With 1.36 million “pinners” daily, it’s no mistake that people love Pinterest. Pinners are spending more time, on average, pinning, than users spend on Facebook, according to Mashable. Pinterest is a visual playground; visitors can search millions of boards and pinnings. But with all of those images of clothes, shoes, and watches (to just name a few) that we drool over, are pinners actually purchasing anything they see? Believe it or not, close to one third of us are.
“32% of online buyers in North America have made a purchase as a result of seeing an image on a social image-sharing site, such as Pinterest. That includes 26% who were able to click through to the retailer from the image to make the purchase.”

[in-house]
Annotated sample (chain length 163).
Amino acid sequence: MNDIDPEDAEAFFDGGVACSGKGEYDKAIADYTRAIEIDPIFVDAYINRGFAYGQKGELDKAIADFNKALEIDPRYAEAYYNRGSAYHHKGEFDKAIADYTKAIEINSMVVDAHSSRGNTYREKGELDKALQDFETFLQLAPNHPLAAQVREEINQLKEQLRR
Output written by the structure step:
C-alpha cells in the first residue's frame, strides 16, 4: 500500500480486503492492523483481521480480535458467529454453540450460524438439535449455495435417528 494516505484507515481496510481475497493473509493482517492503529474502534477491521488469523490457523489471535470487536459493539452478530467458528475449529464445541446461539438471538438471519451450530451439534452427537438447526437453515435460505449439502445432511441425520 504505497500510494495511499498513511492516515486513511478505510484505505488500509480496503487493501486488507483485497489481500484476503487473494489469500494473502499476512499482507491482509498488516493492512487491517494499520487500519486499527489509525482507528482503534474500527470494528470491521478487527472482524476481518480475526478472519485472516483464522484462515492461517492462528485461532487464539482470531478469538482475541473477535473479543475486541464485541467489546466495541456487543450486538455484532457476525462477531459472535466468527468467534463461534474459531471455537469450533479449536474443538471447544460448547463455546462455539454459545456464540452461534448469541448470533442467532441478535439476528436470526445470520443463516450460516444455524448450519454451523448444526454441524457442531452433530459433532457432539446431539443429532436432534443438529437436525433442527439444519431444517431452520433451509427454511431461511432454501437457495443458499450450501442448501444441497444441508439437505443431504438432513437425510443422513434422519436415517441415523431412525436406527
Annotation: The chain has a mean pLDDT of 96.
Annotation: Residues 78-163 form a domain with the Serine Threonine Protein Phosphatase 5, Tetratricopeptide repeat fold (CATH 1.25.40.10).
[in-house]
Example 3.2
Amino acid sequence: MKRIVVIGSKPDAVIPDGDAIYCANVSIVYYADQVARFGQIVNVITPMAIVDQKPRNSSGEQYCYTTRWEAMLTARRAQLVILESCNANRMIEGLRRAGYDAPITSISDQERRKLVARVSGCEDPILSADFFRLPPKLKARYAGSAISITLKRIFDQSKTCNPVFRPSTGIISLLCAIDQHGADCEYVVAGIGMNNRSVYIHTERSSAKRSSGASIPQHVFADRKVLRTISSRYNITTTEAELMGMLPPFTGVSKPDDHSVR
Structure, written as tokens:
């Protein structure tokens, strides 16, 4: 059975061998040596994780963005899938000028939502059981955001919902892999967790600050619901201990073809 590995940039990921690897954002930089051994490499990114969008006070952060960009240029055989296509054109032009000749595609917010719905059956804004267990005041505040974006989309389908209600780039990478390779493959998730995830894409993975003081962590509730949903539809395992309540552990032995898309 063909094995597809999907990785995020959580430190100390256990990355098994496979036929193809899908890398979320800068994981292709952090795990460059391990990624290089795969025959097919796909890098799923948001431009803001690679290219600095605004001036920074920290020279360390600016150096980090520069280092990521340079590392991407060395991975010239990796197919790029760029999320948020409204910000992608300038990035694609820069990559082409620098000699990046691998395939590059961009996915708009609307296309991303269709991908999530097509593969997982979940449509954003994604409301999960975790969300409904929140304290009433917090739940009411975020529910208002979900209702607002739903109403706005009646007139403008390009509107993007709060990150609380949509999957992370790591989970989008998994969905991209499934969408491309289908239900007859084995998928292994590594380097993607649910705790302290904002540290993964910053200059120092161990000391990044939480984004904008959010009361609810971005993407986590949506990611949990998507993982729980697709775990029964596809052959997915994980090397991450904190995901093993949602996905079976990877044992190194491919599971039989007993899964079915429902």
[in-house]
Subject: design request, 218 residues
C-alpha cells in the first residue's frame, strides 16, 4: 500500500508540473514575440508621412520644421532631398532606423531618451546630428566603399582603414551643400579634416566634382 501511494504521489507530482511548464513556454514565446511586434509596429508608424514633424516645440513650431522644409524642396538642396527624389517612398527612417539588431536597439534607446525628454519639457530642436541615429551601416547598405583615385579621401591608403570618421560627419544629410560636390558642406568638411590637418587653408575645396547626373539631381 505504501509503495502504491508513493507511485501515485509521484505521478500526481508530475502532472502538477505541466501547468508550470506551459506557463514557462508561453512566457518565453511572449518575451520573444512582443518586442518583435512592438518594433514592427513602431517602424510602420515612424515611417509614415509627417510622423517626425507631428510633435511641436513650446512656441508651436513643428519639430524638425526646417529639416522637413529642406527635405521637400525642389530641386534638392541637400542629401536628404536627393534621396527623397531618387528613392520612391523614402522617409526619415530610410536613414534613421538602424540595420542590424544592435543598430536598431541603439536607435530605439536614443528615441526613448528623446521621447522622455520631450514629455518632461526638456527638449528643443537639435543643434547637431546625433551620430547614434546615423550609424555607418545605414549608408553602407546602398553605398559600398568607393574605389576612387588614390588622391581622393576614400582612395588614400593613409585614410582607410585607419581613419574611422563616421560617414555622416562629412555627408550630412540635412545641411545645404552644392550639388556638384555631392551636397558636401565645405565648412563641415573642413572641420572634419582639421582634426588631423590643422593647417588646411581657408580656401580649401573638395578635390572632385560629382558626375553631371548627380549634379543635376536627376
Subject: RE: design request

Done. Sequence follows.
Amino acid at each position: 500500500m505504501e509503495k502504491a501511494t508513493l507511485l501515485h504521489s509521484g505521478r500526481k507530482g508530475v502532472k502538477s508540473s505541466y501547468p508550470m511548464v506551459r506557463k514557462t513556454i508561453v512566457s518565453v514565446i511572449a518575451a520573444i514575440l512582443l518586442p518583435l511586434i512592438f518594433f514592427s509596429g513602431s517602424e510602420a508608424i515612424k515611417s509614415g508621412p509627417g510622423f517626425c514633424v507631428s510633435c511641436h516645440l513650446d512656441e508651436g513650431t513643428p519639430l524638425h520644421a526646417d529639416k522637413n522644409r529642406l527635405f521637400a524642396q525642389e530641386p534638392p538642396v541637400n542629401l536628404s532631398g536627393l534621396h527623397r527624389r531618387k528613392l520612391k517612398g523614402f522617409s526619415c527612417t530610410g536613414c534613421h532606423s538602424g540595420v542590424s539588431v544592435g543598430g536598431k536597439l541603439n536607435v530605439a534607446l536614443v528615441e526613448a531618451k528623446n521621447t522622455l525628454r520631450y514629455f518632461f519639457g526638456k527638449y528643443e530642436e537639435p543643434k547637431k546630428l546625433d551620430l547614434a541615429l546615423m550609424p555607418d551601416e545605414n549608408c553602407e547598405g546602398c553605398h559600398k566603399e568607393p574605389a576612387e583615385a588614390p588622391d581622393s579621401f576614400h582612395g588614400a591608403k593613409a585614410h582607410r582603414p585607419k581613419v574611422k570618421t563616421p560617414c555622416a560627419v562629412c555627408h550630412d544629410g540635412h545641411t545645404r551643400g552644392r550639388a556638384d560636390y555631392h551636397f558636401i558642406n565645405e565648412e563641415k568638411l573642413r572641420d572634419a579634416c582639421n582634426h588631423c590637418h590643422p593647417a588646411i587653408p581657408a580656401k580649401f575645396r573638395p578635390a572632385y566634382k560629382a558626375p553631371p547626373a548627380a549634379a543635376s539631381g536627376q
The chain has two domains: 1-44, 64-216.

Even with that positive news, according to the same survey, 10% of online visitors to a retailer’s image-sharing page couldn’t find what they wanted after seeing an image. The follow through to purchase can sometimes be difficult, especially if the image comes from someone other than the retailer as some pinners are forced to really dig around to get to the retailer or the source page of the product.
These small obstacles aside, Pinterest is a huge resource for female social networkers. According to BlogHer, 81% of active female Pinterest visitors use the site for information and advice, surpassing both Twitter and Facebook!
Given these statistics, retailers need to keep an eye on user behavior in online image communities. If companies can post and manage their pins effectively, it might make sense to add a Pinterest page to their overall marketing strategy.